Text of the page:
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A Learner-Centred Approach to Driving Instruction

Posted on 15 June 2017






I regularly talk about the need to carefully dot the I
's and cross the T's when preparing learners to drive; including vehicle controls, moving off and stopping and blind-spot checks. I also believe adopting a learner-centred strategy is beneficial from the outset and can be observed throughout the entire process.

Traditional driving instruction is just that, instruction; and in the context of safety it's certainly necessary - occasionally however, I believe it can also be counterproductive. A novice driver may become tangled up when steering or incorrectly position the vehicle and it's often attributed to such things as wrong technique and poor spatial awareness. The reality is it's often the result of over-instruction promoting over-thinking. Are twelve month old babies provided with step-by-step instructions on how to walk? Are people taught to be spatially aware when walking through busy shopping centres – or do they naturally steer themselves into open spaces? We sometimes need to remember that learner drivers possess at least sixteen years of life experience that they can call on.

It's possibly my counselling training that influences my learner-centred approach, however I'm confident all supervising drivers can utilise similar principals to support their learner's driving development.

The following is an example of a collaborative learner-centred approach:

Supervising Driver (SD): What would you like to work on today?

Learner Driver (LD): Maybe some lane-changing?

SD: So, what do you know about lane-changing?

LD: I know it looks scary.

SD: What makes it scary?

LD: Knowing when it's safe to change without getting in the way of other drivers.

SD: What do you think may help you make a safe lane change?

LD: Check my mirrors?

SD: Yes, definitely. Apart from checking mirrors, would there be anything else?

LD: Yeah, Indicating.

SD: Absolutely. How long would you need to indicate?

LD: I'm not sure.

SD: Well, you already know it's to signal your intention to other road users - So, how long feels appropriate to you?

LD: Well, it may depend on the speed we are travelling, but it would have to be at least three seconds - maybe more?

SD: Okay then; sounds good.

SD: So, we've got mirrors and blinkers - anything else?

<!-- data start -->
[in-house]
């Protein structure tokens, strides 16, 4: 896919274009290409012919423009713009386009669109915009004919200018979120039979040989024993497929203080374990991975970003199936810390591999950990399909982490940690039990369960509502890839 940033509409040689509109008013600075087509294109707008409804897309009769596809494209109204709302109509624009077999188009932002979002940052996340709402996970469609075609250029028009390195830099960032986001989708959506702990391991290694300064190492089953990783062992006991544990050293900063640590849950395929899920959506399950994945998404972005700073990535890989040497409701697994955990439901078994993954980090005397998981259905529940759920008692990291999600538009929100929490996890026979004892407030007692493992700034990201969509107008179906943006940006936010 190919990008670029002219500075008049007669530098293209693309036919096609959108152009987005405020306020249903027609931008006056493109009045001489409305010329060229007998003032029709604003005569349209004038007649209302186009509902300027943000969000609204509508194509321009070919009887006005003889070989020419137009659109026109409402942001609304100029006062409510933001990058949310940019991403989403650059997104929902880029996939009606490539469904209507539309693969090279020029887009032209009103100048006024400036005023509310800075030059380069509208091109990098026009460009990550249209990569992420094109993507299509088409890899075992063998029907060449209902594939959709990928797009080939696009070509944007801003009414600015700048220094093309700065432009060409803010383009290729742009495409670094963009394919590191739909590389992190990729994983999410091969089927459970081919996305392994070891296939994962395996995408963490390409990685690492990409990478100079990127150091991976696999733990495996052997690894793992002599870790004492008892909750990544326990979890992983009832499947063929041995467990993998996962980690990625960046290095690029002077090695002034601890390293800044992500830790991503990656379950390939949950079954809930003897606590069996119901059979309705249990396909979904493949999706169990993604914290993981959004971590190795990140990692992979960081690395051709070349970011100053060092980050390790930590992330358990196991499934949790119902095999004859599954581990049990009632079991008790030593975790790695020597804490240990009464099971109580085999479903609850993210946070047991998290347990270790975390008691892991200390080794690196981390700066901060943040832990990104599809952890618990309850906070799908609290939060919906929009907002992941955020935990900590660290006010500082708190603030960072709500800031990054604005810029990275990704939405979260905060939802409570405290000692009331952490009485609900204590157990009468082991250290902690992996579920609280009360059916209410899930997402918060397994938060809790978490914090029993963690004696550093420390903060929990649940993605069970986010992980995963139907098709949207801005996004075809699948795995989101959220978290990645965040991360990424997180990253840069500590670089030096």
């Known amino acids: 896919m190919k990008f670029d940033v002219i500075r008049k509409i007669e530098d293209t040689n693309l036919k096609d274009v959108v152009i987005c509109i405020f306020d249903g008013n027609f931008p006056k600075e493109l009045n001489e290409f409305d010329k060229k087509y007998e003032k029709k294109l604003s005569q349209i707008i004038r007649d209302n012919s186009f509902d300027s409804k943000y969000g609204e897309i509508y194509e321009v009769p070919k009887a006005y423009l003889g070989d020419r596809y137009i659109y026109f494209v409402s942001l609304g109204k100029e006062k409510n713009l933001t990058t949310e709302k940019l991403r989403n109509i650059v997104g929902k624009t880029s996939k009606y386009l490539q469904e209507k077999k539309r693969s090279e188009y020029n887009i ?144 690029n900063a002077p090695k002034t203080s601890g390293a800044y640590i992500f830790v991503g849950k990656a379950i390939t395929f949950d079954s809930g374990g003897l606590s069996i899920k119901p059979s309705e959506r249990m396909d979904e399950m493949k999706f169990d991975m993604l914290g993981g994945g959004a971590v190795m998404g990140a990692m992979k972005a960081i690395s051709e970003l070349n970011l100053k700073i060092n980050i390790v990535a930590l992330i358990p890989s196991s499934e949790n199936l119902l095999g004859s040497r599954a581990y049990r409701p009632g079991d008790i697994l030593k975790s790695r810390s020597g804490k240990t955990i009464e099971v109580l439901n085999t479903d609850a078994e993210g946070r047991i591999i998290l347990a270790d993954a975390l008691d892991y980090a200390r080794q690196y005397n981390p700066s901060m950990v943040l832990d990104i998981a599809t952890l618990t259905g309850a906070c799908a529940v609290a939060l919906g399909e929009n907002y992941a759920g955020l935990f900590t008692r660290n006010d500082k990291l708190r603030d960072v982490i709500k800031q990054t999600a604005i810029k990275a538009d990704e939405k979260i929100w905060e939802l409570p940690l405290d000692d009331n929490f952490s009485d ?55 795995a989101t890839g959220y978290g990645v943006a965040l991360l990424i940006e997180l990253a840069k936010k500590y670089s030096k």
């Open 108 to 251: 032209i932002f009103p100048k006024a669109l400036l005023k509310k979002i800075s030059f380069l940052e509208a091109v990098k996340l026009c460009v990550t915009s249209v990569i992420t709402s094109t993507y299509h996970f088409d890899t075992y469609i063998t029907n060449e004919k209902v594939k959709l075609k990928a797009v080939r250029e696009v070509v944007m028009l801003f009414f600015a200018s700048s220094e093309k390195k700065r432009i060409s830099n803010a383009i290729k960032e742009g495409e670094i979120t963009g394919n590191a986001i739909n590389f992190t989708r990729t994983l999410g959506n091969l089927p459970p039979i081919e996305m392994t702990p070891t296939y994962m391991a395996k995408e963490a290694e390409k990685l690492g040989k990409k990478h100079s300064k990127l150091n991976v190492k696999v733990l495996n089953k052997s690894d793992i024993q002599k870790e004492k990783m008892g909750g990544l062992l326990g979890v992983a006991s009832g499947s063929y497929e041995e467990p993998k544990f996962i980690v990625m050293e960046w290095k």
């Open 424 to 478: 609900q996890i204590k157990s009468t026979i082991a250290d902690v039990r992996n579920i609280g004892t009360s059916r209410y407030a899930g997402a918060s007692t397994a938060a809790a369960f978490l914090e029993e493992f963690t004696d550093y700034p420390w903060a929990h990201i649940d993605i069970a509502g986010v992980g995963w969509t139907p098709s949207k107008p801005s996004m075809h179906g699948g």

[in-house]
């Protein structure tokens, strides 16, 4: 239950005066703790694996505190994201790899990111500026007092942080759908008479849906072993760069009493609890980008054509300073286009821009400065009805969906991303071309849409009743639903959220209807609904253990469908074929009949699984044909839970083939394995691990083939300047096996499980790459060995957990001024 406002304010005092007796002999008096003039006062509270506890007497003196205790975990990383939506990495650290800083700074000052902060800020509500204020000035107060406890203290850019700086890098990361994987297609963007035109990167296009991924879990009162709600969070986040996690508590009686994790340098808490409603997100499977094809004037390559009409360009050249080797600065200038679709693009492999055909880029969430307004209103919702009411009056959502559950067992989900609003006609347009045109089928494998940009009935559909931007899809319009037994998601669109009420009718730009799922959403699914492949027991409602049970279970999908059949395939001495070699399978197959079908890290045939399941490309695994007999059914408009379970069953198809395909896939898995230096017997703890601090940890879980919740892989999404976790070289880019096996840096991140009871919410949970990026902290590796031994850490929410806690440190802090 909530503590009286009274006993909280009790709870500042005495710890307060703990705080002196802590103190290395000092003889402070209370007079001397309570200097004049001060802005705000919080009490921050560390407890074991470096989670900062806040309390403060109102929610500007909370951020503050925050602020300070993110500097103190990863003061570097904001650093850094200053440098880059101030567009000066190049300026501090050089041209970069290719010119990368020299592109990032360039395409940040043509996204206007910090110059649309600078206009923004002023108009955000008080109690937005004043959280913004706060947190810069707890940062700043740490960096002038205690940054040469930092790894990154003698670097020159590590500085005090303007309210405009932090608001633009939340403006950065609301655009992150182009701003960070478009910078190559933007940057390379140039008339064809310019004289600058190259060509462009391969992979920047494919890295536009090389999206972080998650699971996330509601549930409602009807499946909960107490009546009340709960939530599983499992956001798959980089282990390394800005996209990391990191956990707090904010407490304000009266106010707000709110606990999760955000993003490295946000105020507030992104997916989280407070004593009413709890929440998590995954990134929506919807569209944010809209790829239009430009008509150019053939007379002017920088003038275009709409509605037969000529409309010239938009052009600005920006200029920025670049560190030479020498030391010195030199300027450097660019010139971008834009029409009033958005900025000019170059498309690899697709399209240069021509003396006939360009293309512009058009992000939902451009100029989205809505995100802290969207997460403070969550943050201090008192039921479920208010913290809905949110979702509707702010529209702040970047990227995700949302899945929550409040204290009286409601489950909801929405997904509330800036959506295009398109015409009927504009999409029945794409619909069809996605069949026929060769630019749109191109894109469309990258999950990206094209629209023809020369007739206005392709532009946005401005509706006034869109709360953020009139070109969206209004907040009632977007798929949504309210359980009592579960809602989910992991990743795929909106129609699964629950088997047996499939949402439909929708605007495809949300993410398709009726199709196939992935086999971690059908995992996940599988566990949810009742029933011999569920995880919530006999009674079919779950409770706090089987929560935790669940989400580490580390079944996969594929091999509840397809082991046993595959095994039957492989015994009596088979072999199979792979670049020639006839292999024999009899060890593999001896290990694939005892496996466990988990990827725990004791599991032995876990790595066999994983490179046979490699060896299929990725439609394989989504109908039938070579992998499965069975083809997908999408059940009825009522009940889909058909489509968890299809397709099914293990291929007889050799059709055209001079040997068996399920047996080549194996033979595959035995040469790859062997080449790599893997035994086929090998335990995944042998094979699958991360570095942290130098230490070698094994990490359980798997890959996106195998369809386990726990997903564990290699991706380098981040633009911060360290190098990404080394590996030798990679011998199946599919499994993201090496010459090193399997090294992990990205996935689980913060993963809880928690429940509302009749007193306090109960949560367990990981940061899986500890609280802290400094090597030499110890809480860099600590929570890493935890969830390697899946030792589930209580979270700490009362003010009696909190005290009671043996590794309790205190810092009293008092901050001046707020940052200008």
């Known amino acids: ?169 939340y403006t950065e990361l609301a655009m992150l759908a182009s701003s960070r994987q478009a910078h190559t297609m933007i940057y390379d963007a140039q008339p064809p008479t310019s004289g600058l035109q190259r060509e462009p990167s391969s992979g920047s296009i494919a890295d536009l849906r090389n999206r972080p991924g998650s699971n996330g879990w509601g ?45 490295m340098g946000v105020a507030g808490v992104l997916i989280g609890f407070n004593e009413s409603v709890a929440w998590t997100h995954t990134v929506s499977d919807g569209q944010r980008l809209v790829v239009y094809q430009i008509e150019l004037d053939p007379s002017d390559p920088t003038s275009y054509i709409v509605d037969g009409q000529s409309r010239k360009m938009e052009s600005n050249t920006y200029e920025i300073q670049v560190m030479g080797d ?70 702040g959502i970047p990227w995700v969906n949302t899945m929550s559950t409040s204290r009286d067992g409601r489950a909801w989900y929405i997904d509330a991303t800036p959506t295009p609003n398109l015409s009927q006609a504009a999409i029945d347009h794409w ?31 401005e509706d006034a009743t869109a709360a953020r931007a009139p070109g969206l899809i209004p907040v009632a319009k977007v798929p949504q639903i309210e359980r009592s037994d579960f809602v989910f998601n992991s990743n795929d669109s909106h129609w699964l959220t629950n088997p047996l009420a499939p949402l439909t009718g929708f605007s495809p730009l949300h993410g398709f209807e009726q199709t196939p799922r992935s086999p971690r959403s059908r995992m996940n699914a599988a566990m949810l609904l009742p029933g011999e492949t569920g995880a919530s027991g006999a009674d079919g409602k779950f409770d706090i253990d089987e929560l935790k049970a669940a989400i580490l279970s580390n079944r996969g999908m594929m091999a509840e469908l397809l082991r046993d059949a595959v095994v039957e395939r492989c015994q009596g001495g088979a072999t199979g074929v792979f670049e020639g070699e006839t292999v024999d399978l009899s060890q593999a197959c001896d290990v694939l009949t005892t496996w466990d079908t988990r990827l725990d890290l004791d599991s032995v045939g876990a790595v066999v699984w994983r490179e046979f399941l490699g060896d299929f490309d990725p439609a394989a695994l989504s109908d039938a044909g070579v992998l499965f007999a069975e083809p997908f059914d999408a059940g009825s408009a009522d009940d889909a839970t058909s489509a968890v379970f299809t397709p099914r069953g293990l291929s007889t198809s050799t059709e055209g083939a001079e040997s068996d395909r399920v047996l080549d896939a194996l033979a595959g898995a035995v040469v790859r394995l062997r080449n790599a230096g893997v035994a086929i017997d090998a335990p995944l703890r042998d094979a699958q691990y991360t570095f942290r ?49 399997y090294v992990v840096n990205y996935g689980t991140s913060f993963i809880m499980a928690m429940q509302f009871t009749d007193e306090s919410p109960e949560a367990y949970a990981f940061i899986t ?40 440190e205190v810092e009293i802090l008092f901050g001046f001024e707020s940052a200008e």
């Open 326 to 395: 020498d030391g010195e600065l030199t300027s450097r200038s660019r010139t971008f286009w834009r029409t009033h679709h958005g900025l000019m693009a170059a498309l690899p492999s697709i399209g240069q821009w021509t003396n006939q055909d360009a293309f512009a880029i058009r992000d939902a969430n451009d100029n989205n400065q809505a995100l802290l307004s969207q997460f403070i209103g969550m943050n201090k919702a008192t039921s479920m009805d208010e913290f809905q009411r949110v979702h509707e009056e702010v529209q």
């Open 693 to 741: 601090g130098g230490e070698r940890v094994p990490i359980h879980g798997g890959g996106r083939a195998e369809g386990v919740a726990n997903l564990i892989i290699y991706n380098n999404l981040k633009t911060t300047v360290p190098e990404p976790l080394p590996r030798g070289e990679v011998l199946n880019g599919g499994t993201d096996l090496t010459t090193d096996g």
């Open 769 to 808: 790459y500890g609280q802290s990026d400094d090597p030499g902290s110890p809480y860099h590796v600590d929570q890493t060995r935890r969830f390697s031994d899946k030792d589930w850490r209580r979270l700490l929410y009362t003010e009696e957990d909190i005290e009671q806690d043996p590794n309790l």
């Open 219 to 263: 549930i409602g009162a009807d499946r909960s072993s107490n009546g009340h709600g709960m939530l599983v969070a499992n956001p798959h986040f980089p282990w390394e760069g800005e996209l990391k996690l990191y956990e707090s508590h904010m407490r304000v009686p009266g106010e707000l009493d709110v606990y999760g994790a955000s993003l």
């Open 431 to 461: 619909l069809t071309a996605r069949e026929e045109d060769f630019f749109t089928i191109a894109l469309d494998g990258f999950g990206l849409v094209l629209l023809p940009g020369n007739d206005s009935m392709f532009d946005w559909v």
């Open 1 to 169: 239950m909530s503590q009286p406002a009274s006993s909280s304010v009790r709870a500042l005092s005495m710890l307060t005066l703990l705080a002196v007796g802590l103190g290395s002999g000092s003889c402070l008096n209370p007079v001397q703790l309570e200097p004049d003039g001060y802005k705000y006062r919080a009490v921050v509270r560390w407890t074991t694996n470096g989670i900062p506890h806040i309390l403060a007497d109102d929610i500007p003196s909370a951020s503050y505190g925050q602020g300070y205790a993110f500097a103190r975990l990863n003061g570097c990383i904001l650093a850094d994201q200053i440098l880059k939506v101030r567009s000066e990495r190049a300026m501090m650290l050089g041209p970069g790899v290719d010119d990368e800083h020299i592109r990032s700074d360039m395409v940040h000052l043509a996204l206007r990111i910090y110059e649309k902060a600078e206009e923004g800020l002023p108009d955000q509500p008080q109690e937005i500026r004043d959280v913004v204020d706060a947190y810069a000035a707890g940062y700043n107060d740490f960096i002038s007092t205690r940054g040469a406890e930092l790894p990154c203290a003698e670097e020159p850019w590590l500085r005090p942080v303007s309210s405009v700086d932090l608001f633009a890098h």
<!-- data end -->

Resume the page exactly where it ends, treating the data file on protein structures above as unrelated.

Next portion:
LD: Not that I can think of.

SD: So then, just like when you move away from the kerb you will be indicating and checking your mirrors - is that right?

LD: Yeah - oh, and a head-check for the blind-spot?

SD: Absolutely. As you know, side mirrors don't show us everything.

SD: Okay then, so you have a head-check, mirrors and blinkers. What order will you be doing those three things in?

LD: Well the head-check would come last - just like when moving away from the kerb. And I suppose it doesn't make sense to indicate if I haven't checked the mirrors for a safe gap first.

SD: So if we start with a right lane-change, you're saying you will check mirrors first and if there appears to be a safe gap to change you will indicate for about three seconds, check your rear-vision mirror, right-side mirror and do a right blind-spot check before moving into the right lane?

LD: Yeah, I guess so.

SD: Would it be helpful if we swap over and I do a couple just the way you have planned so that you can see how it looks?

LD: That would be good.

SD: (Whilst driving) When I change lanes should I do it suddenly or glide in progressively?

LD: I reckon it shouldn't be too sharp - more smoothly; so gliding I suppose.

SD: Well, too sudden could certainly affect our control of the vehicle - especially at higher speeds.

SD: Do you think the vehicle behind may catch up quickly if I ease my foot off the accelerator pedal or brake when changing lanes?

LD: Yeah, because they probably wouldn't be expecting you to slow down.

SD: Great - so I'm going to keep my speed through the lane-change and maintain the gap between us and the vehicle behind.

After conducting a few practice lane-changes, reviewing, and swapping seats :-

SD: Is there anything you need from me while you're practising some lane-changing?

LD: Can you tell me when it's safe to change?

SD: How about you go through your process and just before you think it's clear to change say "Now?" and if I don't say "No" – you will immediately proceed? That way, you have a safety net but still get to develop your situational awareness and decision making?

LD: Okay.

After practising new skills, it's usually helpful to pull over for a quick review. What did you do? What may you do differently next time?

It remains incumbent upon us parents and supervising drivers to provide a safe environment and appropriate conditions that encourages deep learning. Ideally, we don't want them to passively receive information; we want them to CREATE knowledge.

P.S. If there are any topics you would like me to cover feel free to let me know via the Comments or Contact Page.


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